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The Great Resignation: Keeping Up with Radical Job Market Shifts
Missouri Ag Connection - 04/07/2022

The U.S. Bureau of Labor statistics reported a record-breaking average of 3.98 million resignations per month in 2021.

The trend, denoted the Great Resignation or the Big Quit, marks a shift in how we view work and what we value in a job, explains Missouri State University Professor of Management Dr. Wes Scroggins.

"I don't think this Great Resignation will be going away anytime soon," Scroggins said. "We've had record numbers of people quitting. Employers will find this to be a challenge they will be faced with for a long time."

Workers from all generations and professions have contributed to the Great Resignation.

The demographics are all over the board, explains Scroggins. But there are trends, including millennials seeking greener pastures and baby boomers deciding to retire early.

Millennials are at the mid-point in their careers, and many face mobility issues. It's also a time in their careers where they have a lot of opportunities available to them, so they can find a better fit.

"The younger generations seem to have higher expectations for what they want from a job," Scroggins said. "If these expectations aren't met, they can become unhappy very quickly."

But they aren't alone.

Many baby boomers are choosing to retire early, keeping with the trend dubbed the Great Retirement.

Scroggins believes employers will need to remain flexible and offer competitive compensation to attract new employees and keep their existing employees.

"Make sure the people you are hiring are a good fit with the culture of your organization," Scroggins said. "If their values and goals match with your organization, they will be more likely to stay."

Job seekers should also assess if an organization is a good fit for their needs before accepting an interview or job offer.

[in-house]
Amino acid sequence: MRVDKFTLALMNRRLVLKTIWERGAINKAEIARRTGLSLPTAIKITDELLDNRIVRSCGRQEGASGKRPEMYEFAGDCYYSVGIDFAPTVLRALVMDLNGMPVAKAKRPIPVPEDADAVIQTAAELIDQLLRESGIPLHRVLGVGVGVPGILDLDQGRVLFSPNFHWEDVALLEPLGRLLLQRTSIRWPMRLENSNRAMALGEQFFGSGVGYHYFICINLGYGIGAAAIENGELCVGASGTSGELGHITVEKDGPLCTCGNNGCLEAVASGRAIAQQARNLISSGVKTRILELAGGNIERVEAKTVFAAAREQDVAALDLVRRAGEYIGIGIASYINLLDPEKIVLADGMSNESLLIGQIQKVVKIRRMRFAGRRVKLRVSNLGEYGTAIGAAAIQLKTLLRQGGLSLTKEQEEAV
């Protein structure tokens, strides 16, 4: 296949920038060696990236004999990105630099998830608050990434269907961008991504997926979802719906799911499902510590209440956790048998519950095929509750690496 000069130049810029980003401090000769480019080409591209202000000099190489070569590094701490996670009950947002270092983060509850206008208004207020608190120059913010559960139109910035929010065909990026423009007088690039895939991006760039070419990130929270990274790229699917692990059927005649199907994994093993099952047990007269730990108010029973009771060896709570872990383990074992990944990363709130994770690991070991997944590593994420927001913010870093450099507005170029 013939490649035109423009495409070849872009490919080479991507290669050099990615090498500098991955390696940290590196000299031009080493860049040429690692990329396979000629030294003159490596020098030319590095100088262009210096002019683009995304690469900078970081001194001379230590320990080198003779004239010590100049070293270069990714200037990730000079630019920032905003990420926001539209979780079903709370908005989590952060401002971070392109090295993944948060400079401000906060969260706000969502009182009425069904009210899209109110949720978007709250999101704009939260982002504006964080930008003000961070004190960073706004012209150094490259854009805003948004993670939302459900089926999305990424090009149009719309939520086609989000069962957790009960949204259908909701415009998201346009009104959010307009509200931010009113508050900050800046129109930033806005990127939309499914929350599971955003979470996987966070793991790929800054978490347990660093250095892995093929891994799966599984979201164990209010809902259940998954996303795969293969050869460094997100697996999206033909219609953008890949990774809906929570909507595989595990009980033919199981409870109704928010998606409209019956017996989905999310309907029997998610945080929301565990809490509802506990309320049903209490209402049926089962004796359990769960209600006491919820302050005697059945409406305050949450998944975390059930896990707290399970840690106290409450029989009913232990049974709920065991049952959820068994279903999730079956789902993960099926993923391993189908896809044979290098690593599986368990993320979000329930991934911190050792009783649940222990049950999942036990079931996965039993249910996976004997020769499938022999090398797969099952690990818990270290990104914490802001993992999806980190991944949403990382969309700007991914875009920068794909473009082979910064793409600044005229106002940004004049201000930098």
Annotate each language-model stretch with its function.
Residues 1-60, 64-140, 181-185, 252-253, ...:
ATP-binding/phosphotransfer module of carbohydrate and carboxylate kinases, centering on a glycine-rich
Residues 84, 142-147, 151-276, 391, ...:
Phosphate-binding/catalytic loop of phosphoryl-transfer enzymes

"Use your network," Scroggins said. "The best way to learn more about an organization is to talk to people who are already working there."

With the move to remote work, increased sanitation measures, school closures and more, COVID-19 has changed the nature of work.

While many have enjoyed the flexibility that comes with working from home, many have also reported burnout due to the isolation caused by COVID-19. The needs of remote workers are often different.

"The downside of remote work is that many feel a greater sense of isolation," Scroggins said.

"Managers of remote workers need to take additional steps to make contact with their workers, keep people connected and ensure they have the resources they need to succeed."

While this may be a strange time to enter the workforce, it's also a favorable time for recent graduates.

For job hunters, Scroggins recommends:

- Know what you want from a job. Assess your expectations for the nature of the work, autonomy you desire and the values of the organization.

- Do your homework and make sure the organization and the role are a good fit for you.

- When you find the right fit, move forward and show hiring managers why you are a good fit as well.

"The bargaining power is with the applicant," Scroggins said. "There is a lot of demand for workers. And the opportunities, even for internships, are everywhere."


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